How UAE's first astronaut, space doctor will assist Sultan AlNeyadi's historic spacewalk from Earth

Emirati team at the Mohammed Bin Rashid Space Centre will be very busy in following every move and all the action from the ISS

By Sahim Salim, Angel Tesorero

  • Follow us on
  • google-news
  • whatsapp
  • telegram


Published: Thu 27 Apr 2023, 4:16 PM

Last updated: Fri 28 Apr 2023, 9:55 AM

All eyes will be on UAE's Sultan AlNeyadi as he takes the first step for the Arab world's historic spacewalk on Friday. It will be streamed live across various channels. AlNeyadi's family will be watching; the UAE and the world will be observing.

But there will be two teams that will closely monitor AlNeyadi's every step and movement – from checking his vital signs to prepping and suiting up the 300-pound spacesuit; to opening the hatch and stepping out of an airlock and actual egress from the International Space Station (ISS); tethering and securing of foot restraints; retrieval and stowing of tools; to the moment he returns to the airlock for ingress and conclusion of the extravehicular activity or spacewalk.

In an exclusive interview on the eve of AlNeyadi's and Nasa astronaut Stephen Bowen's spacewalk, Adnan AlRais, mission manager of the UAE Astronaut Programme, told Khaleej Times that aside from Nasa's Johnson Space Centre, the Emirati team at the Mohammed Bin Rashid Space Centre (MBRSC) will be very busy in following all the action from the ISS.

Adnan AlRais
Adnan AlRais

"MBRSC is connected to Houston and other stations of the international space community. We have full access to every video (from ISS); we have been involved in the planning process. We have access to all communications from the astronauts and on the ground. Our (MBRSC) team will be coordinating with Houston about anything required from our side," AlNeyadi shared.

Hazzaa’s role

Hazzaa AlMansoori
Hazzaa AlMansoori

In fact, one person who will be extra busy on the ground is pioneering UAE astronaut Hazzaa AlMansoori, who will be the point of contact between the ground team and ISS crew during real-time operations for Expedition 69.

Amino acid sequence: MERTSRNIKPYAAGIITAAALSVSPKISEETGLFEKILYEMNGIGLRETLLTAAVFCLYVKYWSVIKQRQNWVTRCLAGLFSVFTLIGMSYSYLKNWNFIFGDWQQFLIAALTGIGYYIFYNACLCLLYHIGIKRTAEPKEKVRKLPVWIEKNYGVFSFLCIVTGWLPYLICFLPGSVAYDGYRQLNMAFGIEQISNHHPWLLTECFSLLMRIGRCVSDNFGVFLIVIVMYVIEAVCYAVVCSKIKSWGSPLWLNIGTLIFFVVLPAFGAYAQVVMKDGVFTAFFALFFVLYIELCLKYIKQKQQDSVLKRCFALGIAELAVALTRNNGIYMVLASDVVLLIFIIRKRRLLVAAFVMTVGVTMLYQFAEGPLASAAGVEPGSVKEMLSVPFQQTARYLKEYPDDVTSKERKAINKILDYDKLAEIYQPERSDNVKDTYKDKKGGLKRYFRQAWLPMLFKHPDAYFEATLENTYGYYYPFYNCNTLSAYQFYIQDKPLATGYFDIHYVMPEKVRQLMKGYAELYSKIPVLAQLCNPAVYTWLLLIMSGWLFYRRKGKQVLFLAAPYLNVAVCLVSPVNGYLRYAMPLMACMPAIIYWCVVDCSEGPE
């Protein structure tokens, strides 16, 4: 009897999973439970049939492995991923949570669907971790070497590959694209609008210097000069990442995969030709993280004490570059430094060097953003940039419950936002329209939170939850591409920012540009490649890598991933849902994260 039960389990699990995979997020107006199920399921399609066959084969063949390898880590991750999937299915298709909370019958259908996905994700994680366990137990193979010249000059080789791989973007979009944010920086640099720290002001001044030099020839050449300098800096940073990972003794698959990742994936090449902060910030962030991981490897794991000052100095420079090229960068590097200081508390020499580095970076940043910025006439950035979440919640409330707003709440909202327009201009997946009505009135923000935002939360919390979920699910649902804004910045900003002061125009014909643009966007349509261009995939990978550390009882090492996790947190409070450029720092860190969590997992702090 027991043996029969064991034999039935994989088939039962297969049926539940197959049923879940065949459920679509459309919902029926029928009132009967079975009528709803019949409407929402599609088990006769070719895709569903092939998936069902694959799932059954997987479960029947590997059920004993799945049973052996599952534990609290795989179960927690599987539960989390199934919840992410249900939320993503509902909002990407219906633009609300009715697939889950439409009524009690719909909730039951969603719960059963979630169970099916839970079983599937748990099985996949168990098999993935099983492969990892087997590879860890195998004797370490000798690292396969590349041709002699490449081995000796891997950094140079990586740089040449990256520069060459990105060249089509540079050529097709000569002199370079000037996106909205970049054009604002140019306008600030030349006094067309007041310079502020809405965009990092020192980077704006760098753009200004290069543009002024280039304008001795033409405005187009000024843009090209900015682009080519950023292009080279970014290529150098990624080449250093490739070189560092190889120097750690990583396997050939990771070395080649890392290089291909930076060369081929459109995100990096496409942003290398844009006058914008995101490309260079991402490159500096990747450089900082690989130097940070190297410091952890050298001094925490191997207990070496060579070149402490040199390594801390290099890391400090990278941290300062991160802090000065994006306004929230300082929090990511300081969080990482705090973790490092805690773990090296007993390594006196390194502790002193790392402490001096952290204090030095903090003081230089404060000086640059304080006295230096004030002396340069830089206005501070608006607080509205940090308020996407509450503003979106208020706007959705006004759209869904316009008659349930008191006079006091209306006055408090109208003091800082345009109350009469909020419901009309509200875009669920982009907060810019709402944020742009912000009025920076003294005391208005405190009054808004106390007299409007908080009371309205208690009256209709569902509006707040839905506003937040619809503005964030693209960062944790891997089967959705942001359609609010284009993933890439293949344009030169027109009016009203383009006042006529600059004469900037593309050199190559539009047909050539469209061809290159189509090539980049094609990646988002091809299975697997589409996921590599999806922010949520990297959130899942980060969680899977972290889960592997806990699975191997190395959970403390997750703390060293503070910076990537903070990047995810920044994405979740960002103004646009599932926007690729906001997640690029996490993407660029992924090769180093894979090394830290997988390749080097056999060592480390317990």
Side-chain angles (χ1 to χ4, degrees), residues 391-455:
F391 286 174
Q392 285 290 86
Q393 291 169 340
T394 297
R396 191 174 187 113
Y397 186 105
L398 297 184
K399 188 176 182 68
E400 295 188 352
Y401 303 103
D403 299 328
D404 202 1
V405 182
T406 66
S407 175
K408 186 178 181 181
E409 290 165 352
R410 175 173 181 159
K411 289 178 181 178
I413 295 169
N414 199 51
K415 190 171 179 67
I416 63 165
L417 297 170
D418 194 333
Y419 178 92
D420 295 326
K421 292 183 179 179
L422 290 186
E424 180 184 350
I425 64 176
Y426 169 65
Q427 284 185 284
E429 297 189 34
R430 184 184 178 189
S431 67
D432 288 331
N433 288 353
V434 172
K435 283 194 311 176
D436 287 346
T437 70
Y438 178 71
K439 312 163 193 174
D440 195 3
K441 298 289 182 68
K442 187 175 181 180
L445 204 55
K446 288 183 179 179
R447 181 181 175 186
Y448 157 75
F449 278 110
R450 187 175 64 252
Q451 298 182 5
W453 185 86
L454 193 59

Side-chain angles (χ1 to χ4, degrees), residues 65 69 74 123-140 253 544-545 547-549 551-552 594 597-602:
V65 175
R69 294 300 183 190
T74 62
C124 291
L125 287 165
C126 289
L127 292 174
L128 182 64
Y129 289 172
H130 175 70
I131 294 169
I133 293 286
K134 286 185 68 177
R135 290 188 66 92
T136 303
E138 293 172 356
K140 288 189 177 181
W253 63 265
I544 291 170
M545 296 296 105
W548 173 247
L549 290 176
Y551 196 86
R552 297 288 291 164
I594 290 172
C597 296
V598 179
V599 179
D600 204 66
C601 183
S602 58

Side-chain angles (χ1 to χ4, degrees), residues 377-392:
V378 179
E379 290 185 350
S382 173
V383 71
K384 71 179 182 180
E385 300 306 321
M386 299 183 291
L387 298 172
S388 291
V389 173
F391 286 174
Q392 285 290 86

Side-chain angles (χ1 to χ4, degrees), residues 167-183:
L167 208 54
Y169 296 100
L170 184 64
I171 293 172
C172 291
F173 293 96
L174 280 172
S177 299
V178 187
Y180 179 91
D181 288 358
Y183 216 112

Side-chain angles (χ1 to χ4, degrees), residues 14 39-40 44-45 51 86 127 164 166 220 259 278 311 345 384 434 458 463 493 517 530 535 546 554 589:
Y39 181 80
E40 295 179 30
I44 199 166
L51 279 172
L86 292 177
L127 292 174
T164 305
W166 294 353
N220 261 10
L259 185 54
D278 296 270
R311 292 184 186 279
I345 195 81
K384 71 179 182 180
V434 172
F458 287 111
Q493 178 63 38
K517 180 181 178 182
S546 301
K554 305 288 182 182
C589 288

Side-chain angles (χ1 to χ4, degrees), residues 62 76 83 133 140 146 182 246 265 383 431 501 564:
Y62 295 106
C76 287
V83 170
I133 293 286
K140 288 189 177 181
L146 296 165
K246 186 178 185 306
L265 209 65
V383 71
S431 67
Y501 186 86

MBRSC, early this month, announced that AlMansoori, the first Emirati who went to space, is the Increment Lead "responsible for preparing, implementing and overseeing the execution of the mission".

His role entails more than just transmitting data. "It includes understanding and appreciating the crew's challenges and triumphs in space," AlMansoori earlier said, adding: "We aim to advance human space exploration through our collective efforts to support Expedition 69."

AlRais said AlMansoori, who is currently at Johnson Space Centre, will lead the follow-up activities for the first spacewalk of ISS Expedition 69 that started in March this year.

Space doctor

Dr Hanan AlSuwaidi
Dr Hanan AlSuwaidi

Aside from AlMansoori, another vital member of the team is Dr Hanan AlSuwaidi, who is the flight doctor for the longest Arab space mission in history. She monitors the health of AlNeyadi while he is in space.

"Dr AlSuwaidi is also in Houston, working with other flight surgeons. They have reviewed AlNeyadi and Bowen's health status and are both ready for the big day," AlRais noted.

He added the medical team would also conduct remote post-spacewalk health checks and would follow up on the physical condition of the spacewalking astronauts in the next couple of days.


It will be the eighth spacewalk for Bowen and the first for AlNeyadi. The duo will spend around 6 hours, 30 mins "in the vacuum of space" to upgrade the power generation system of the orbiting ISS. Bowen will serve as extravehicular crew member 1 (EV 1) – or spacewalker 1. He will wear a spacesuit with red stripes. AlNeyadi will serve as extravehicular crew member 2 (EV 2) and will wear a suit with white stripes.

The ground team in Houston will work in multiple shifts before, during and after the spacewalk. Every aspect will be covered, and there are also contingency plans in case anything goes wrong. They will have access to videos from the astronauts' helmet cameras.

According to Nasa, about every 90 minutes, the astronauts will check their gloves and helmet absorption pad (HAP) to make sure there is no water inside their helmets or tears in the gloves. The ground teams will also monitor the astronauts' oxygen level, water for cooling, battery power and carbon dioxide removal.

Aboard the ISS, Nasa flight engineers Woody Hoburg and Frank Rubio Hoburg will assist AlNeyadi and Bowen in and out of their spacesuits and closely monitor their spacewalk.


More news from Space